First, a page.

Managing a modern warehouse requires making regular changes to your facility and staying up to date with the latest industry trends. Since the start of the COVID-19 pandemic, supply chain bottlenecks have impacted nearly every warehouse and distribution center. When you combine these issues with the substantial increase in online sales and the requirement for fast delivery, warehouses are tasked with performing at peak efficiency 24/7.
If you currently manage or own a warehouse, there are many different techniques you can use to make sure your facility is meeting your goals. While there isn’t just one effective way to manage your warehouse, there are some common mistakes that you should avoid.
These mistakes can adversely impact any warehouse, which is why it’s highly recommended that you take steps to mitigate them. Doing so will help you obtain better performance and get ahead of the competition. The following provides an in-depth overview of the 10 warehouse mistakes that you would do well to avoid.
10. Lack of Inventory Accuracy
Likely the easiest mistake to make is not maintaining accurate records of your inventory. While this shouldn’t be a challenge if these records are digital, many warehouses have yet to adopt the latest technologies. If you want to keep customers satisfied and deliver orders on time, controlling inventory accuracy is essential.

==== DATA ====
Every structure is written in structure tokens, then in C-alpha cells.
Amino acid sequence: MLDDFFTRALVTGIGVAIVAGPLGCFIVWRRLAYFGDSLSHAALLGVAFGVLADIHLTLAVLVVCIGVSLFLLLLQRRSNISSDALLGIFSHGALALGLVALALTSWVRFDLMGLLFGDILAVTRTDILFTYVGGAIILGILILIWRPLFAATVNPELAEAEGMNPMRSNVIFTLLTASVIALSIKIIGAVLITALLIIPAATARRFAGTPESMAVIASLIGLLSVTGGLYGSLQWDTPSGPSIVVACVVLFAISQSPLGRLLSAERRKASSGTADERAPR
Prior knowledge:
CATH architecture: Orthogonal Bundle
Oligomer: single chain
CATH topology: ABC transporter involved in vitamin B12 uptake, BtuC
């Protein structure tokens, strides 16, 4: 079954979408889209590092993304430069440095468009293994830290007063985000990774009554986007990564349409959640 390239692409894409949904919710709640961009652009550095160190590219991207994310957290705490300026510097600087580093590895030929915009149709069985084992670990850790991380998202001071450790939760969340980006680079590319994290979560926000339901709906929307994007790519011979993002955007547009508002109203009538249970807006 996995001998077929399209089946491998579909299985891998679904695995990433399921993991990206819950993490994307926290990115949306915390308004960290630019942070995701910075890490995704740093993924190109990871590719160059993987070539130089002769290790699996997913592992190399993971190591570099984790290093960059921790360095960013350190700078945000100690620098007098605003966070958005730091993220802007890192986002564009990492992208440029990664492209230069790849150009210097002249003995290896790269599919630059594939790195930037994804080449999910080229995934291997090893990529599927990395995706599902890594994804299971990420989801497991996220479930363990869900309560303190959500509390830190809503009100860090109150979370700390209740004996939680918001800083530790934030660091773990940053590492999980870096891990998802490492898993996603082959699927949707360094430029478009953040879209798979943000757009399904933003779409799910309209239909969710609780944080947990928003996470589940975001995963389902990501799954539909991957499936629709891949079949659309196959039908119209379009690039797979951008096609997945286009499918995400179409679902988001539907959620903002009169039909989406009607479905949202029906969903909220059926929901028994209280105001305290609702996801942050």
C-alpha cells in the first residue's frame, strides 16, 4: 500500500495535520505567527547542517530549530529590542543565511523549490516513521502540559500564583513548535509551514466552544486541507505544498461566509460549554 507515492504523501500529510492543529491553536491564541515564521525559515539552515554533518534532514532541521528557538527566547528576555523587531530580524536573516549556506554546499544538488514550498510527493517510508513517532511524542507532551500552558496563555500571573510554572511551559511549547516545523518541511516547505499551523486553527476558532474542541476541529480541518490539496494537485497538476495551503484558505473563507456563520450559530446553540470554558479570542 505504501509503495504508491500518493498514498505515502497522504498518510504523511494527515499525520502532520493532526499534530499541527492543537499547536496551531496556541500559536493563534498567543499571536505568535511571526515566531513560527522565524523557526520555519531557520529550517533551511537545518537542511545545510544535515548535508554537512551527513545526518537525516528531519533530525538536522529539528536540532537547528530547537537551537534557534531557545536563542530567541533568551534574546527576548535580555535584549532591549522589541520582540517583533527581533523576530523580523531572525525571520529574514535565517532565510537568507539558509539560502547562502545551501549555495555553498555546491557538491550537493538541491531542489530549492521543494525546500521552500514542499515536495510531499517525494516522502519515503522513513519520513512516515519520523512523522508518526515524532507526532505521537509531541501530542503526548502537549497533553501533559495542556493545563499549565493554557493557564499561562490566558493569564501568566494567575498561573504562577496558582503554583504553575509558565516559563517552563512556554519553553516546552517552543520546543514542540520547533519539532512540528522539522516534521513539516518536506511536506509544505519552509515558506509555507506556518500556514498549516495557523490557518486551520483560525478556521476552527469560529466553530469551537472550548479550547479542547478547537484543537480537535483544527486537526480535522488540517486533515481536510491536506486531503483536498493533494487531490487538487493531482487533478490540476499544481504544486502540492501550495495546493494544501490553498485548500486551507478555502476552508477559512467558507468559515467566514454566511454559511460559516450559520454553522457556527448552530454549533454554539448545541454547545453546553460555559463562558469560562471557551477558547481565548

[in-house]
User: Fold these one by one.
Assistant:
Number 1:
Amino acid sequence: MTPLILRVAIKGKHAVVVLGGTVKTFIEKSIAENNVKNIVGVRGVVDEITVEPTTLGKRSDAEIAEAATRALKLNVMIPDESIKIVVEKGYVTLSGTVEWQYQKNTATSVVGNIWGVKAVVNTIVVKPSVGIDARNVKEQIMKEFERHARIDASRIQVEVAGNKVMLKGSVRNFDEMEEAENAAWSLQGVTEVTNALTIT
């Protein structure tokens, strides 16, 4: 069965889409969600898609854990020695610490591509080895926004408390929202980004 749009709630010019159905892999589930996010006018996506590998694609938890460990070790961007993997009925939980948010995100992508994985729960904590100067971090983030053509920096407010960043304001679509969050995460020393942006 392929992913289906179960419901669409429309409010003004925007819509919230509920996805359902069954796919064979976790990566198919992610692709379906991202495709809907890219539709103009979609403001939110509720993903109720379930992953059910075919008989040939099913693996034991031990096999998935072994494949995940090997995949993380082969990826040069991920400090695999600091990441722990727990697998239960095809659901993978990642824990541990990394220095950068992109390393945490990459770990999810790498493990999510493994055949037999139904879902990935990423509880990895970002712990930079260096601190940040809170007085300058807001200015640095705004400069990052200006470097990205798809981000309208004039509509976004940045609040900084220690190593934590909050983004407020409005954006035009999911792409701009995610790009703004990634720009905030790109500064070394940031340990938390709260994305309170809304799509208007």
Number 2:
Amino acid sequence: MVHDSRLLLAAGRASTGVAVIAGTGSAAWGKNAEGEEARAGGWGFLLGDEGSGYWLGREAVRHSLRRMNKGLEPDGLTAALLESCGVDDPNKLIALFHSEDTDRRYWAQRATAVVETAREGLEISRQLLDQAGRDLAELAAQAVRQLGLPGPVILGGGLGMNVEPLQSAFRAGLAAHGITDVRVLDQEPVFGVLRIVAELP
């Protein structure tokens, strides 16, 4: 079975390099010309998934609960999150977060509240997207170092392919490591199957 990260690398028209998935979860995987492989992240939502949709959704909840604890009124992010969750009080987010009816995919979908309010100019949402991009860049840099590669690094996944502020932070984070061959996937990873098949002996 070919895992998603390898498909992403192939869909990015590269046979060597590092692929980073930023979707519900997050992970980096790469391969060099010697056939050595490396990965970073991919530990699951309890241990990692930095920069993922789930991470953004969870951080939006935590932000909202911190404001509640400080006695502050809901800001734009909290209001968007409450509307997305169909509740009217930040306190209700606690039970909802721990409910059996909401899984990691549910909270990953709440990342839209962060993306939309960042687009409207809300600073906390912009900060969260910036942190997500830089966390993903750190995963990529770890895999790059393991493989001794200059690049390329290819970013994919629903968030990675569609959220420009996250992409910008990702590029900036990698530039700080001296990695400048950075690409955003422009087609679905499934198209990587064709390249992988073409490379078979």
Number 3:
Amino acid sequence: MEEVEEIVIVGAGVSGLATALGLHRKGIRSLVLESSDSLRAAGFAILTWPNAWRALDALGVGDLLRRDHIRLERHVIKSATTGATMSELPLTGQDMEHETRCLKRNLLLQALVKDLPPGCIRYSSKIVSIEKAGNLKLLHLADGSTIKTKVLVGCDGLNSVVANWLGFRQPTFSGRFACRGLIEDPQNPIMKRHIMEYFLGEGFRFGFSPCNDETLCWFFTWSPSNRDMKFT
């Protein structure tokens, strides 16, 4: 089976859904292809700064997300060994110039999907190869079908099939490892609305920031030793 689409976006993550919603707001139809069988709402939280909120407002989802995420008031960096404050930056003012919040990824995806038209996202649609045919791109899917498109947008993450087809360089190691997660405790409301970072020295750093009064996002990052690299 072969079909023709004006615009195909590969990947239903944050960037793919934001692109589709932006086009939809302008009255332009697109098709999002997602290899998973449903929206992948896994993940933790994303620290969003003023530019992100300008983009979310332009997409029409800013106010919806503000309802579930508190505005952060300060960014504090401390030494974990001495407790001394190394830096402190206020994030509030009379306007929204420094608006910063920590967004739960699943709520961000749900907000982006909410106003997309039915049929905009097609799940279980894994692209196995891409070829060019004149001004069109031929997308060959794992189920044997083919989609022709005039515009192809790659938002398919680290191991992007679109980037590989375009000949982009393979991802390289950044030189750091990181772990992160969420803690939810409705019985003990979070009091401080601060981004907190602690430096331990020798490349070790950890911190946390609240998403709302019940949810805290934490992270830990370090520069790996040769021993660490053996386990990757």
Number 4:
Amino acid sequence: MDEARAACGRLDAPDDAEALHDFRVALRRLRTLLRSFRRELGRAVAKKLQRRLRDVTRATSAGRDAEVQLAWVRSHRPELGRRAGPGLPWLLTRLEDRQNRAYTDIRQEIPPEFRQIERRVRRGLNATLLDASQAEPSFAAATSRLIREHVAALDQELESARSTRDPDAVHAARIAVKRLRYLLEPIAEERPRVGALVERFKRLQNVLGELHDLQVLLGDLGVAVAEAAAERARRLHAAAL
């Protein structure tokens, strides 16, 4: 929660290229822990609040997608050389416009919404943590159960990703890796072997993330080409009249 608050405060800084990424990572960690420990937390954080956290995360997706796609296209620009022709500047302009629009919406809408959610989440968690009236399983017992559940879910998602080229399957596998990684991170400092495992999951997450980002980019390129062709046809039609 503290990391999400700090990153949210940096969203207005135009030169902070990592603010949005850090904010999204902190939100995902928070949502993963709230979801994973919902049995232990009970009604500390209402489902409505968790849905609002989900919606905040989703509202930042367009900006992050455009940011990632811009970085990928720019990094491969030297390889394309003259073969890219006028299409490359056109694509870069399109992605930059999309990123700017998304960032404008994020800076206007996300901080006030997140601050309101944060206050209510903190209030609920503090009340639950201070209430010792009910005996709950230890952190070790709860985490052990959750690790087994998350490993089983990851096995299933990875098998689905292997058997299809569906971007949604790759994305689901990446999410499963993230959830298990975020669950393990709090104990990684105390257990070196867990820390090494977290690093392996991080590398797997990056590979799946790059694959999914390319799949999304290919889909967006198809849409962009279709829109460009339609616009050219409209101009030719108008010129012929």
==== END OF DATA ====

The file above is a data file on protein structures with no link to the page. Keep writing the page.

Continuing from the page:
You can reduce inventory problems by installing a warehouse management system (WMS) or warehouse execution system (WES). These technologies automatically integrate shipping, receiving, inventory management, reverse logistics, and order fulfillment into your warehouse with modern software. It’s also possible to pair WMS systems with wireless headsets, automated shelving, and mobile carts for a bigger technological focus in your facility.
Likely the most difficult aspect of maintaining inventory accuracy is dealing with selecting the same product from multiple locations. Warehouses can choose to store the same SKU in a split-case section of the facility, which allows individual items to be picked for online orders. You can also place the same SKU in a full-case area to accommodate larger orders. Another option is to ship entire pallets to retail stores or clients via bulk racking. If you use all three of these techniques in your warehouse, managing inventory accuracy between each of them is challenging if you don’t have the right tools at your disposal.
9. Failure to Optimize Picking Paths